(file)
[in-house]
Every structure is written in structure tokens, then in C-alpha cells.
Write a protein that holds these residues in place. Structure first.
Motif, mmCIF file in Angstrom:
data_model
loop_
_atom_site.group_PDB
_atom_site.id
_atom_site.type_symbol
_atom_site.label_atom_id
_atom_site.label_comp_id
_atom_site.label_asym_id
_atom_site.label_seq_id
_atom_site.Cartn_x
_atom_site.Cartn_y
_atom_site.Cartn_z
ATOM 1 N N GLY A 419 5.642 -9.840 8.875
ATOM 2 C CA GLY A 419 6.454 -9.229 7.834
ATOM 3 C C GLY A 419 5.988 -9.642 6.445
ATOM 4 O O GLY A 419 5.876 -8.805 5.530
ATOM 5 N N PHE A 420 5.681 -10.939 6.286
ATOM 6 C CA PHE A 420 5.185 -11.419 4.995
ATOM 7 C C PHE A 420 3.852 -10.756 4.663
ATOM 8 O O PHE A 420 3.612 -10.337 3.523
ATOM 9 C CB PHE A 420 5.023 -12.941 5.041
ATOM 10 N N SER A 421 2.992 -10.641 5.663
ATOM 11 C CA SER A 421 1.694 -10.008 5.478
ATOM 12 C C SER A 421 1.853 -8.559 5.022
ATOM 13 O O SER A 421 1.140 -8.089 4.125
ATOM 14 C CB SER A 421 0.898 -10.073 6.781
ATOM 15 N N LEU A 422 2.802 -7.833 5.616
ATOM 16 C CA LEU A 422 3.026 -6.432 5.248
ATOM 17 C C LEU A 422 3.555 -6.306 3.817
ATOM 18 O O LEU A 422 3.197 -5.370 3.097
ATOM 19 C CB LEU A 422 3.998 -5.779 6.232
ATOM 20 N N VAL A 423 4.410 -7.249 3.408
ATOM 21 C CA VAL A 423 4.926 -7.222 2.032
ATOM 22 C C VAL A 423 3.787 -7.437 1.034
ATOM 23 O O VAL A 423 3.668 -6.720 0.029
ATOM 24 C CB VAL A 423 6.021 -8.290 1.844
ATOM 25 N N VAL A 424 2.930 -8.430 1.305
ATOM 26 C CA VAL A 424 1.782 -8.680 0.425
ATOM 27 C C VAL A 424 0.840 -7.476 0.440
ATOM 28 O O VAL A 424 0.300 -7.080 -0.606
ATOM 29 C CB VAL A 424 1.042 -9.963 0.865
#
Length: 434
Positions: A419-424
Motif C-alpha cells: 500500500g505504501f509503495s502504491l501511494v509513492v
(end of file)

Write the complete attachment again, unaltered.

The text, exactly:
[in-house]
Every structure is written in structure tokens, then in C-alpha cells.
Write a protein that holds these residues in place. Structure first.
Motif, mmCIF file in Angstrom:
data_model
loop_
_atom_site.group_PDB
_atom_site.id
_atom_site.type_symbol
_atom_site.label_atom_id
_atom_site.label_comp_id
_atom_site.label_asym_id
_atom_site.label_seq_id
_atom_site.Cartn_x
_atom_site.Cartn_y
_atom_site.Cartn_z
ATOM 1 N N GLY A 419 5.642 -9.840 8.875
ATOM 2 C CA GLY A 419 6.454 -9.229 7.834
ATOM 3 C C GLY A 419 5.988 -9.642 6.445
ATOM 4 O O GLY A 419 5.876 -8.805 5.530
ATOM 5 N N PHE A 420 5.681 -10.939 6.286
ATOM 6 C CA PHE A 420 5.185 -11.419 4.995
ATOM 7 C C PHE A 420 3.852 -10.756 4.663
ATOM 8 O O PHE A 420 3.612 -10.337 3.523
ATOM 9 C CB PHE A 420 5.023 -12.941 5.041
ATOM 10 N N SER A 421 2.992 -10.641 5.663
ATOM 11 C CA SER A 421 1.694 -10.008 5.478
ATOM 12 C C SER A 421 1.853 -8.559 5.022
ATOM 13 O O SER A 421 1.140 -8.089 4.125
ATOM 14 C CB SER A 421 0.898 -10.073 6.781
ATOM 15 N N LEU A 422 2.802 -7.833 5.616
ATOM 16 C CA LEU A 422 3.026 -6.432 5.248
ATOM 17 C C LEU A 422 3.555 -6.306 3.817
ATOM 18 O O LEU A 422 3.197 -5.370 3.097
ATOM 19 C CB LEU A 422 3.998 -5.779 6.232
ATOM 20 N N VAL A 423 4.410 -7.249 3.408
ATOM 21 C CA VAL A 423 4.926 -7.222 2.032
ATOM 22 C C VAL A 423 3.787 -7.437 1.034
ATOM 23 O O VAL A 423 3.668 -6.720 0.029
ATOM 24 C CB VAL A 423 6.021 -8.290 1.844
ATOM 25 N N VAL A 424 2.930 -8.430 1.305
ATOM 26 C CA VAL A 424 1.782 -8.680 0.425
ATOM 27 C C VAL A 424 0.840 -7.476 0.440
ATOM 28 O O VAL A 424 0.300 -7.080 -0.606
ATOM 29 C CB VAL A 424 1.042 -9.963 0.865
#
Length: 434
Positions: A419-424
Motif C-alpha cells: 500500500g505504501f509503495s502504491l501511494v509513492v